New Corn-to-Ethanol Process Promises Lower Costs, Environmental Benefits

Purdue University scientists have developed an environmentally friendly, cost-effective method for creating ethanol from corn. Using a machine originally designed to make plastics, the new Chen-Xu Method grinds the corn kernels and then liquefies the starch with high temperatures.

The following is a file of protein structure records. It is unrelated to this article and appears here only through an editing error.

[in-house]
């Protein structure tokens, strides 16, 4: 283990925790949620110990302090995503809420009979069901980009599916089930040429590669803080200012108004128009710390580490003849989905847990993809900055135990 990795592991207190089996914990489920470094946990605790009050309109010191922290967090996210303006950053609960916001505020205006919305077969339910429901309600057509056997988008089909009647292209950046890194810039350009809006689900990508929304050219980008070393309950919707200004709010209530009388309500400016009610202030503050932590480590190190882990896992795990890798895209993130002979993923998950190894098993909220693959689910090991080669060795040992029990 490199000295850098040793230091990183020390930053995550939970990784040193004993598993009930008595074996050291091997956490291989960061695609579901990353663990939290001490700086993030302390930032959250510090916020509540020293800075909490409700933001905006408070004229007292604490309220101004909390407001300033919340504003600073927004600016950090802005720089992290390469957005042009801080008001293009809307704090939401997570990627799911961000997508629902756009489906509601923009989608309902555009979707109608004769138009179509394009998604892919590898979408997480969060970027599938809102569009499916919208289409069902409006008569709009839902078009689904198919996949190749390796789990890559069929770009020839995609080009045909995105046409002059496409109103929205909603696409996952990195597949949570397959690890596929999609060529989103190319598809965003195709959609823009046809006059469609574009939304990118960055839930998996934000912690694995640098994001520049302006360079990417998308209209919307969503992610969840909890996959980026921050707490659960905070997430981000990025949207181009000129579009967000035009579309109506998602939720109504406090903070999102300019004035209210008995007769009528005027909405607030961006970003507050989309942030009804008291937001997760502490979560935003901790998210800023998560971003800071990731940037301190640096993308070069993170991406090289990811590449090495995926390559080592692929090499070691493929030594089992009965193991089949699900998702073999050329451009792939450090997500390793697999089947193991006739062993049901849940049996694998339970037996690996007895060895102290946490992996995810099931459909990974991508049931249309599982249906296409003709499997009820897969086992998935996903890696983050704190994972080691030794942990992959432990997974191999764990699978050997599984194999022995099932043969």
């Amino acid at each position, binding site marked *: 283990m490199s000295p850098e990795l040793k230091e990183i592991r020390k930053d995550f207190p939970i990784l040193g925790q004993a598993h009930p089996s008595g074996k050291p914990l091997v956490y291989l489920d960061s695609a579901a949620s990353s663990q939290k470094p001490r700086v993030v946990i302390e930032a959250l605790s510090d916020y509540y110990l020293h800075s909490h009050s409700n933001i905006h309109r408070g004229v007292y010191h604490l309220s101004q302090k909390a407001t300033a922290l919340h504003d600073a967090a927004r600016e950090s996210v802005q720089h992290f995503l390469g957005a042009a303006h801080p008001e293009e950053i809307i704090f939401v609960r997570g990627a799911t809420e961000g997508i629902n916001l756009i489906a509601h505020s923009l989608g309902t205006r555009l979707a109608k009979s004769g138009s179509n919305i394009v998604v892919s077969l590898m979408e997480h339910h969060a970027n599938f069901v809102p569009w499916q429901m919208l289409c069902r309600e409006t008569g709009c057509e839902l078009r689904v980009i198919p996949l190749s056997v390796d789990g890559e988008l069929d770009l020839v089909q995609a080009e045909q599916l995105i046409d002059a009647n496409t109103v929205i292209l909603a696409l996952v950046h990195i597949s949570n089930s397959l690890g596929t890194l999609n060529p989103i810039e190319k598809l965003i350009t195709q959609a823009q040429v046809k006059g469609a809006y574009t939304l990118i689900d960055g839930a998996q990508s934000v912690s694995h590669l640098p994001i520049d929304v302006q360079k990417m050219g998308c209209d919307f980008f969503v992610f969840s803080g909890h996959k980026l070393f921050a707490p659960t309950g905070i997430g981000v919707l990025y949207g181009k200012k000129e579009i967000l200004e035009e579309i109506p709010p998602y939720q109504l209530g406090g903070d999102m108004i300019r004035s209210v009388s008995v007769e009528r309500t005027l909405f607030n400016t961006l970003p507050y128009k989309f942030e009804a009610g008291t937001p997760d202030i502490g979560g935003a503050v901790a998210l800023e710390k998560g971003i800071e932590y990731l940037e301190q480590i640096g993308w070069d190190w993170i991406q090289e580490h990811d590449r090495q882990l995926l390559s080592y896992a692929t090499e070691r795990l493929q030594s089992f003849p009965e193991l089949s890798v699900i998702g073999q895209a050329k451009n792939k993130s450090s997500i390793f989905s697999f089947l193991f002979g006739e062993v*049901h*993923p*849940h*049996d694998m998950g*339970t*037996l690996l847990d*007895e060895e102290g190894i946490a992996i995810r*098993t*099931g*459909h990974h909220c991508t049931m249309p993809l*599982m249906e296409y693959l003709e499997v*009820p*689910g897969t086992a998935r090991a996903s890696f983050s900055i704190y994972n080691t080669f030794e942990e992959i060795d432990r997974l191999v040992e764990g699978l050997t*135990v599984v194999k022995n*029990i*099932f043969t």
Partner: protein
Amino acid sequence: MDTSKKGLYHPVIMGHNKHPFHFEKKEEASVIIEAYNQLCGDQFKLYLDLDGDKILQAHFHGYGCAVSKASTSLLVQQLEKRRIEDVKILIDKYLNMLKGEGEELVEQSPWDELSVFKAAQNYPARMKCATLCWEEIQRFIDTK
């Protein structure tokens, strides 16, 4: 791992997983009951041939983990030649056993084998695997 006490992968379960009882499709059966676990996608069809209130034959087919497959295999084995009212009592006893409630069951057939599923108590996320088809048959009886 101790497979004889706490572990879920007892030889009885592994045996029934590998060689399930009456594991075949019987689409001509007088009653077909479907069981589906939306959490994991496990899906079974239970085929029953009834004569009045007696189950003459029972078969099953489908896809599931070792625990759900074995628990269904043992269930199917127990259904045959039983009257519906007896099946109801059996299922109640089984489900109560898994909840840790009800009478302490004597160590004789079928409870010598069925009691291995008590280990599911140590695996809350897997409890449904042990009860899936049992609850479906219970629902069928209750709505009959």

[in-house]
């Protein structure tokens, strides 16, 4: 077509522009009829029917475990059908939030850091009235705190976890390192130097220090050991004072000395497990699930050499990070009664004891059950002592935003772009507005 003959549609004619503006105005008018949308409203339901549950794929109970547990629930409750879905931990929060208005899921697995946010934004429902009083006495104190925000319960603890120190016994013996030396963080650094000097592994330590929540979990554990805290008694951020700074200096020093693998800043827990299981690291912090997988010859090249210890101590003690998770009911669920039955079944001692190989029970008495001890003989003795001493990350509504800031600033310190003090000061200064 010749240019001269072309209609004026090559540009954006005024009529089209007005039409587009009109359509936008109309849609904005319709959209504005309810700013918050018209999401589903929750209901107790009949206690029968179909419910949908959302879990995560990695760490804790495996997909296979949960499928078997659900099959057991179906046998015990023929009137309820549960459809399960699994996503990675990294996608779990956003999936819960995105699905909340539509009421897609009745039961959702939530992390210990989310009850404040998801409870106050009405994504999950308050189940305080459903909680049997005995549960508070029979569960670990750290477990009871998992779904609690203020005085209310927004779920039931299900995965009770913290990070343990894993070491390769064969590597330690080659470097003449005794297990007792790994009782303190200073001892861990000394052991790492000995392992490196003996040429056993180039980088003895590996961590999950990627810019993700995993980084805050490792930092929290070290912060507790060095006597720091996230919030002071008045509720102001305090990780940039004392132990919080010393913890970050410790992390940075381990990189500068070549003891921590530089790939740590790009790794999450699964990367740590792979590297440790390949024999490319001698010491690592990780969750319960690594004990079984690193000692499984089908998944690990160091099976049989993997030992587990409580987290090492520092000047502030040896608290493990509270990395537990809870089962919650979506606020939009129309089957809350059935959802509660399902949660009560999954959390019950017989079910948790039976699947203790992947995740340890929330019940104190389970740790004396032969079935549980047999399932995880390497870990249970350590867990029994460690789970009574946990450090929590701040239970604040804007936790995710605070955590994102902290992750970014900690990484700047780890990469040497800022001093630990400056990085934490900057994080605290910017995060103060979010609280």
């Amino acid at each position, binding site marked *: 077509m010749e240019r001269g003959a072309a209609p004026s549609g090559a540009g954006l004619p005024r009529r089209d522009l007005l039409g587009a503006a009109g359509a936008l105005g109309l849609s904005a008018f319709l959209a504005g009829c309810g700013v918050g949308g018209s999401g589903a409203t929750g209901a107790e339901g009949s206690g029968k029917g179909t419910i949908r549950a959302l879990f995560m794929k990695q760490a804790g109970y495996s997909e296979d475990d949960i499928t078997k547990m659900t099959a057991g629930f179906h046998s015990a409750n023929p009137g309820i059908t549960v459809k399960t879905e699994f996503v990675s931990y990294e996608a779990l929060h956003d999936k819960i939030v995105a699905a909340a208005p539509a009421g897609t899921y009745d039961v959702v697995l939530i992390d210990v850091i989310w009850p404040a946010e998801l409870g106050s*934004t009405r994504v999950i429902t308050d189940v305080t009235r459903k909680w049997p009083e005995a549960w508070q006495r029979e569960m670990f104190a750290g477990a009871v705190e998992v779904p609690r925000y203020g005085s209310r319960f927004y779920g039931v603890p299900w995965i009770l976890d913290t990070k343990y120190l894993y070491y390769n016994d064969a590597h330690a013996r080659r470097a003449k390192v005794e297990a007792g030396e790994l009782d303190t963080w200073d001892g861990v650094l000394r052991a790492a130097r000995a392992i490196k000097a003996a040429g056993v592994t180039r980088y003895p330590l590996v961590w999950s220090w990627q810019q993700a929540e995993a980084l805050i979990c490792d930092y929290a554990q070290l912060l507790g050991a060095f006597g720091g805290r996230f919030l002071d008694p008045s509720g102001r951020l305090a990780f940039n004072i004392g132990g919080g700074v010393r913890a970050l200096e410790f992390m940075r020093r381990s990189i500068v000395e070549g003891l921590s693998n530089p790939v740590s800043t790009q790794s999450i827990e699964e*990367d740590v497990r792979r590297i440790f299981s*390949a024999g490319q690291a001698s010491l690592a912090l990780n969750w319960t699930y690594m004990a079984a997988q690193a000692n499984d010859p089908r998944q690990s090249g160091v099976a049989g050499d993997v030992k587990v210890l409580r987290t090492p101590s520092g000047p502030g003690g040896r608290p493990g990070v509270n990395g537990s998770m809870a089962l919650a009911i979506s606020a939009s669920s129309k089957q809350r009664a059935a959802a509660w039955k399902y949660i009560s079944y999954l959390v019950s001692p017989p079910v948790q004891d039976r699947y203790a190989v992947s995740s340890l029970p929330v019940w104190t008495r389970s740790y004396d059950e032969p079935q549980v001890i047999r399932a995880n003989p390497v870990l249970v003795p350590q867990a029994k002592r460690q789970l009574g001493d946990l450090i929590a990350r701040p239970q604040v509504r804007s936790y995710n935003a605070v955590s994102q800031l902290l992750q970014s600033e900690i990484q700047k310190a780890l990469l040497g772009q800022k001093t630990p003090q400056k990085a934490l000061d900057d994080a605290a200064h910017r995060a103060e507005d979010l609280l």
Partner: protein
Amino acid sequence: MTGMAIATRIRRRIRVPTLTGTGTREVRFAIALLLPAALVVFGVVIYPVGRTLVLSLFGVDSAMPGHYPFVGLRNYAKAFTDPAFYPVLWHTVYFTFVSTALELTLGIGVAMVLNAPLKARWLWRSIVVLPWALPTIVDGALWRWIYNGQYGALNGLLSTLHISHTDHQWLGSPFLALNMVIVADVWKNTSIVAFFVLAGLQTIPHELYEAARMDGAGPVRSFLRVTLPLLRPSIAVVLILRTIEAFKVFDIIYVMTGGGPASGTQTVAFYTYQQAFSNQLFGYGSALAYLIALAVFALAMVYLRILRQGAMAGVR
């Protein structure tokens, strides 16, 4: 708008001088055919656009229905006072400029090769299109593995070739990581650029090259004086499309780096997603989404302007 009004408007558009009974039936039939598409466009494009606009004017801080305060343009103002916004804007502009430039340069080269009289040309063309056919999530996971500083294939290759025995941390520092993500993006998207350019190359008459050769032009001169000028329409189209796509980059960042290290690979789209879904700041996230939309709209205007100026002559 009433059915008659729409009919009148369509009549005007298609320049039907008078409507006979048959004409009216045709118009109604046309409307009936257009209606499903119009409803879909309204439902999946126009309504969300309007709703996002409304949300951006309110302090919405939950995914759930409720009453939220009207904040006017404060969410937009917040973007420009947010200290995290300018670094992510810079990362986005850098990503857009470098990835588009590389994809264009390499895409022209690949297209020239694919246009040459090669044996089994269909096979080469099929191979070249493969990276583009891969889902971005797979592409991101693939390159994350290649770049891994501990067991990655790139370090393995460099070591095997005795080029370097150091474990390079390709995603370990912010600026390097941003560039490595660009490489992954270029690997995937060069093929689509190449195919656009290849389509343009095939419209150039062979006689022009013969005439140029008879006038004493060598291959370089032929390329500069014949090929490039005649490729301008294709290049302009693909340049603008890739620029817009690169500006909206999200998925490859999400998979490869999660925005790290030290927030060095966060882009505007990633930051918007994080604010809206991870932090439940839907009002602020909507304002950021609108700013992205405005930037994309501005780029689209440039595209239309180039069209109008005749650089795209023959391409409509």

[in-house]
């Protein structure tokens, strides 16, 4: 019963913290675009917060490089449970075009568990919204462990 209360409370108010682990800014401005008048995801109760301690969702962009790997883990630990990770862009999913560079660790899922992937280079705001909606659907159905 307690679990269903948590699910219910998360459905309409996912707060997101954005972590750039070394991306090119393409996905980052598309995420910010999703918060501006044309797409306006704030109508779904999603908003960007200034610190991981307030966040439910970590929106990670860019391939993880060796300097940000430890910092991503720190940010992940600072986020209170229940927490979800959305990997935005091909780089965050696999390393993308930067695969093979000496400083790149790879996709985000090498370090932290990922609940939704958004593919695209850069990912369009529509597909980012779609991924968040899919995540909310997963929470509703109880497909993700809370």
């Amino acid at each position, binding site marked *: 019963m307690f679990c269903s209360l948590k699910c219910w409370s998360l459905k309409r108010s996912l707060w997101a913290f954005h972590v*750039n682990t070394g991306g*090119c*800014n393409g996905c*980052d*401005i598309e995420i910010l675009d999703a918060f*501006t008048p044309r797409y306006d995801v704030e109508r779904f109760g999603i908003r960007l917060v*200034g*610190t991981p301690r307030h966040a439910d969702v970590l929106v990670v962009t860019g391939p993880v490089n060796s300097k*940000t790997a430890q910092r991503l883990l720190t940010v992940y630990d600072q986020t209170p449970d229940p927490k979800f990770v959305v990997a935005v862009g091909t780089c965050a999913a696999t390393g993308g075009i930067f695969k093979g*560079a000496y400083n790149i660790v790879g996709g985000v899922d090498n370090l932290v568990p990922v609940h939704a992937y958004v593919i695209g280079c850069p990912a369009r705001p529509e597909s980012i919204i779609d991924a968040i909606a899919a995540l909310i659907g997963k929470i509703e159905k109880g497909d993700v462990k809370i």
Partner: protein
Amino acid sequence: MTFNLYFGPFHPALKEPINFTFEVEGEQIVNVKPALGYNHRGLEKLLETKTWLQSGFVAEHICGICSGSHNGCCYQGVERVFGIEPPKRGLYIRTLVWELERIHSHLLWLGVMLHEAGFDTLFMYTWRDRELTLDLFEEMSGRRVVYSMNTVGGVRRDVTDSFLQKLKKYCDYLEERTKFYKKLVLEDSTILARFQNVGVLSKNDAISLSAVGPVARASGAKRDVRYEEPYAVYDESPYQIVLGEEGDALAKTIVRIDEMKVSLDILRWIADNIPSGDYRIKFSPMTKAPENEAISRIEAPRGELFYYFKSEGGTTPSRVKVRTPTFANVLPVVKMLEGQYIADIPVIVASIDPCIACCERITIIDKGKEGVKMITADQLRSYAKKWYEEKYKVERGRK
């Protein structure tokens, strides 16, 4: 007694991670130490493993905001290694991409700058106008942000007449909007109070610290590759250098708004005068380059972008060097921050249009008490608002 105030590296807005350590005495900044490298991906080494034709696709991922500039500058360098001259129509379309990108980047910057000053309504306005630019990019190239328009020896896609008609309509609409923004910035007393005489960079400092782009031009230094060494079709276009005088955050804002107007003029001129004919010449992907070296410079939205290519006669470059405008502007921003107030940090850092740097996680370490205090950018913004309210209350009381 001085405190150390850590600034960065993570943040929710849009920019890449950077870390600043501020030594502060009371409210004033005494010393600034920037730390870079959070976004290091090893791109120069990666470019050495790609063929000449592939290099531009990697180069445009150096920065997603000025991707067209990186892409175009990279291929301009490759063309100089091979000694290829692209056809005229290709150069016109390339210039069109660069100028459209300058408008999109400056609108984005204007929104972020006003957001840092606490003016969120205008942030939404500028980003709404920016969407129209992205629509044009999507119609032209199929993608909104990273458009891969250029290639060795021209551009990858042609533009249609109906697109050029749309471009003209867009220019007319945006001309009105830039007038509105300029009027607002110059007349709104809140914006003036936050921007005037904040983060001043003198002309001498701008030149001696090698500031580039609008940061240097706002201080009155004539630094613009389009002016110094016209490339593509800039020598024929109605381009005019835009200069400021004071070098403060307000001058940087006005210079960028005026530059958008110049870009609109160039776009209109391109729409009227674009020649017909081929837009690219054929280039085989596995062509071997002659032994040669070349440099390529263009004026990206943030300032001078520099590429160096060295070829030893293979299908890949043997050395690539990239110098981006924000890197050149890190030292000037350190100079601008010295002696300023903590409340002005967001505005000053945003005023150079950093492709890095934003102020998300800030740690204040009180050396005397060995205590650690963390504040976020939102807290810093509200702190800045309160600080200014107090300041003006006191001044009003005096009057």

The process produces about 2.85 gallons of ethanol for every bushel of corn processed. That output is slightly higher than current methods, but the same process that creates the ethanol also creates other marketable products. The team that developed the technology was led by professor Li-fu Chen and research assistant Qin Xu, both from the Purdue food science department. “Our process, which we are calling the Chen-Xu Method, not only makes ethanol, but products that are fit for human consumption,” said Chen. “This process also produces corn oil, corn fiber, gluten and zein, which is a protein that can be used in the manufacture of plastics so that the containers are good for the environment because they are biodegradable and easily decompose. The containers would actually be edible, although there probably wouldn’t be much market for that.” The Purdue Research Foundation has licensed the technology to Bio Processing Technology Inc., which was formed to bring inventions from Chen and Xu to the marketplace. “One of the common methods of manufacturing ethanol, called dry milling, is often the cause of air pollutants by drying and storage of DDG, a byproduct of the process,” he noted. “Another method — wet milling — produces an odor because it requires the input of sulfur dioxide. The Chen-Xu Method eliminates both issues, and the only odor comes from the smell of the corn and yeast fermentation.” With the Chen-Xu Method, the water input required by wet milling is reduced by 90%, wastewater output is cut by 95%, and electricity use is reduced by 47%. It also meets federal Clean Air Act standards, eliminating costs that other methods incur in meeting environmental regulations, said Chen. “The total operating cost of a Chen-Xu Method ethanol plant should be much less than that of a wet-milling plant, and total equipment investment is less than half,” said Chen. “And with proper planning and management, total equipment investment should be less than that of a dry-milling plant.” Funding for the work came from industry donations and one year of support from the Value-Added Grant Program of the Indiana State Department of Agriculture. Chen said the next step for the fledgling company is to commercialize the technology worldwide. The technology was licensed to Bio Processing Technology Inc. through the Office of Technology Commercialization, a division of Purdue Research Foundation.


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